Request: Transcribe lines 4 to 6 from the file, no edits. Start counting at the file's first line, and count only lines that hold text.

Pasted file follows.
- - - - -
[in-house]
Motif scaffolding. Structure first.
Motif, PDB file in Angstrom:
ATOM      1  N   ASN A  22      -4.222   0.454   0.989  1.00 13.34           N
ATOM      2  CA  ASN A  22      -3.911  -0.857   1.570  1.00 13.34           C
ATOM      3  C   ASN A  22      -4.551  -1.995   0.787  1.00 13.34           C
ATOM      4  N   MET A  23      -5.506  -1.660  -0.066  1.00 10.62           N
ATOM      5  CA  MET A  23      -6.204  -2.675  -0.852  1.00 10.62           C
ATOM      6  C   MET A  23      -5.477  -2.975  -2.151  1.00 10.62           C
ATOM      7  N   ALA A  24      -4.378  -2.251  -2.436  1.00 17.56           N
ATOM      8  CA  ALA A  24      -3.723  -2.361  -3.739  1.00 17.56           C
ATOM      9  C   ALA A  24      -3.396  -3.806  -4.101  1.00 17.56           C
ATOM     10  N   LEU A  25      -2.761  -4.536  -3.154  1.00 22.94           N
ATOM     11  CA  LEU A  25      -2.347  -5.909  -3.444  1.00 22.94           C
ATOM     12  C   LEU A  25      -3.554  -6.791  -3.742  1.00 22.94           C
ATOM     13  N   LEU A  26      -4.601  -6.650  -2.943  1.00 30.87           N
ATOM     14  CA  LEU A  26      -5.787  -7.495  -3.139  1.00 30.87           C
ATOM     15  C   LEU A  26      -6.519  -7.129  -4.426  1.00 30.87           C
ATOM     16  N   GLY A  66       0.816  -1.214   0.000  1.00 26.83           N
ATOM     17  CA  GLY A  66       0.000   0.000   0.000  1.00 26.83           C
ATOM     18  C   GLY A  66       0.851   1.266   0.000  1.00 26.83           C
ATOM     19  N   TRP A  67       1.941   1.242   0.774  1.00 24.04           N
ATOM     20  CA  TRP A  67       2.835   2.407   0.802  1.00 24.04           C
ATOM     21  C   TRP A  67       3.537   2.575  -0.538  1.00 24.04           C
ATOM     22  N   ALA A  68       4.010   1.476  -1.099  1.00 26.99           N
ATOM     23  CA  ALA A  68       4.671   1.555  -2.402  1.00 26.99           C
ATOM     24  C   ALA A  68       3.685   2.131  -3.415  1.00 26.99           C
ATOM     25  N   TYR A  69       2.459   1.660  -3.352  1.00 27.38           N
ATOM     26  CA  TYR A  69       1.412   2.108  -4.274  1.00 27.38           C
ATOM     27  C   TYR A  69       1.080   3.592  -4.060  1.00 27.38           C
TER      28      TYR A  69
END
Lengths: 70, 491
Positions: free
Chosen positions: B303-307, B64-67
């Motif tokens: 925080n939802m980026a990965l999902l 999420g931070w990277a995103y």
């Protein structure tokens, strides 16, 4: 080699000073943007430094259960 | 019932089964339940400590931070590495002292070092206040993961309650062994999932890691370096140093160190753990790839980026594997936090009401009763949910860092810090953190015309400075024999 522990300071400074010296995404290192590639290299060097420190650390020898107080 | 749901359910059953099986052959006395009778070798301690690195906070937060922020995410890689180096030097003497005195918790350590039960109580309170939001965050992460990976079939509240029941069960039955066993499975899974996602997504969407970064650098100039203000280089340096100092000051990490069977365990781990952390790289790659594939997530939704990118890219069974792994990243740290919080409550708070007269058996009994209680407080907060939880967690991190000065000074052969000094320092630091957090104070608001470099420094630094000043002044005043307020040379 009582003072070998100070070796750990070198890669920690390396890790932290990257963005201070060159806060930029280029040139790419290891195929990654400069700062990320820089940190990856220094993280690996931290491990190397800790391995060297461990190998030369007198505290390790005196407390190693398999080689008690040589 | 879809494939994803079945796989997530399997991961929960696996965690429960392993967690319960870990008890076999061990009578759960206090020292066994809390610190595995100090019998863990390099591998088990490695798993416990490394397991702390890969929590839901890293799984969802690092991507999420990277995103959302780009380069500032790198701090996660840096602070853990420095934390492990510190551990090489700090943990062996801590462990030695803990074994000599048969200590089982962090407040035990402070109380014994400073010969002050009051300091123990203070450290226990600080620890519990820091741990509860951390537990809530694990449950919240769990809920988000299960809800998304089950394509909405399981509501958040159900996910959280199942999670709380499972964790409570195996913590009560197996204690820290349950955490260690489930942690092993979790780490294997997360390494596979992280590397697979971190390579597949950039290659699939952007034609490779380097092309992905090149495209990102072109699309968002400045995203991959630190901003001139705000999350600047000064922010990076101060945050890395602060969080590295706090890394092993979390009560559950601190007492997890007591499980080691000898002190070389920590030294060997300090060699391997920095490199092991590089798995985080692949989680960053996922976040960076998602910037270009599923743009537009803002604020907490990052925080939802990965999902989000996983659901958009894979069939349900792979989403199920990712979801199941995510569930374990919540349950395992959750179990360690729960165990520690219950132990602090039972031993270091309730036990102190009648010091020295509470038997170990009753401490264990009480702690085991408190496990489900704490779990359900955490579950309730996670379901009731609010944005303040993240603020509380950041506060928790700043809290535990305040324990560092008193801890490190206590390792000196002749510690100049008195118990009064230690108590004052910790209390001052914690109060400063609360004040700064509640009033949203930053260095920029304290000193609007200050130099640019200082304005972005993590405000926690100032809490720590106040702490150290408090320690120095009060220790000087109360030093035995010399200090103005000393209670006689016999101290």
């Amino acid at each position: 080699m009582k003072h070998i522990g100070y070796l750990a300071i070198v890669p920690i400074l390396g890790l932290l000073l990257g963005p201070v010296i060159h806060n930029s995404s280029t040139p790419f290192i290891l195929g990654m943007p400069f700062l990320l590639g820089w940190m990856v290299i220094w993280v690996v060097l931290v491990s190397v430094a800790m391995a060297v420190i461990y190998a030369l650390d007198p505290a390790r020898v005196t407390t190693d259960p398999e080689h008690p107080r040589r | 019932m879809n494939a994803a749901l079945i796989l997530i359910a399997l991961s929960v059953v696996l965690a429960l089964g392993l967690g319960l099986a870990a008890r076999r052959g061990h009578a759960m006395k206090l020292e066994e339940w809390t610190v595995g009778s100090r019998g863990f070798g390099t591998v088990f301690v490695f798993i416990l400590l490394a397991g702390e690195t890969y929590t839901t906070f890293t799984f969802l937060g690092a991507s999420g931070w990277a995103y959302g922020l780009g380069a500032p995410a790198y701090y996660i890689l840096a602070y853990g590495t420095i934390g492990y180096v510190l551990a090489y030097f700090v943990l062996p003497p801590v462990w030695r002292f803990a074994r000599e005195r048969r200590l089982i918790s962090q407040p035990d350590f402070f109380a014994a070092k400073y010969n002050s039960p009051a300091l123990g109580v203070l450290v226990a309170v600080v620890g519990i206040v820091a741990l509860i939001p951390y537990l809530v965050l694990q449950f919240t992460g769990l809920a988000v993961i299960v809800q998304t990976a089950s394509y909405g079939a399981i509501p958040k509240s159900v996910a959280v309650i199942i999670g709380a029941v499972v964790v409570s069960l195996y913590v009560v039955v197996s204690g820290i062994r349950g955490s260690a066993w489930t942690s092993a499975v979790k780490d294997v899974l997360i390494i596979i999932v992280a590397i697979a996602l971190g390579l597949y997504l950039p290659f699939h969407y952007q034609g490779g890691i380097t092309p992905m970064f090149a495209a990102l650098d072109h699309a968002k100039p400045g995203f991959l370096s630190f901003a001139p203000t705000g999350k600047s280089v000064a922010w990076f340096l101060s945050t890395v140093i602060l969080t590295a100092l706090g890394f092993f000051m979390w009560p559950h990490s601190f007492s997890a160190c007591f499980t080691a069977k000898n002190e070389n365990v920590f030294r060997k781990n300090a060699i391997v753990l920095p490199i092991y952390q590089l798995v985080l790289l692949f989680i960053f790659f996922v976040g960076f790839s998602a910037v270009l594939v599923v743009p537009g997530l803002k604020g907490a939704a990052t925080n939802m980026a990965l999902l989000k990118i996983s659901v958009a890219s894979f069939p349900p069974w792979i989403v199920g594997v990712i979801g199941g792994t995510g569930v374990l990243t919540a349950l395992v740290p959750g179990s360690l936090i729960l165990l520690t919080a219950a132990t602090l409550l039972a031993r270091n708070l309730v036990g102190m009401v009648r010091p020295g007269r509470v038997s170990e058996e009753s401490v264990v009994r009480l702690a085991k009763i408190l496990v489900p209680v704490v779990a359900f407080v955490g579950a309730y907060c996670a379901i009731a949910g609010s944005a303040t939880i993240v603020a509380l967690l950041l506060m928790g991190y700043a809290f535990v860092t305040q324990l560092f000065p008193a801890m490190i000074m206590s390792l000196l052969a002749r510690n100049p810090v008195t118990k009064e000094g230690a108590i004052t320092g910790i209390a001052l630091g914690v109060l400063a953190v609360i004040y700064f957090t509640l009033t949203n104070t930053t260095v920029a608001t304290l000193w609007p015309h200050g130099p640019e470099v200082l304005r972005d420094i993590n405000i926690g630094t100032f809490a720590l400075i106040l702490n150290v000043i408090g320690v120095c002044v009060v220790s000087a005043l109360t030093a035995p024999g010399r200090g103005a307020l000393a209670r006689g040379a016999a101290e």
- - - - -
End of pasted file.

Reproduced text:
ATOM      1  N   ASN A  22      -4.222   0.454   0.989  1.00 13.34           N
ATOM      2  CA  ASN A  22      -3.911  -0.857   1.570  1.00 13.34           C
ATOM      3  C   ASN A  22      -4.551  -1.995   0.787  1.00 13.34           C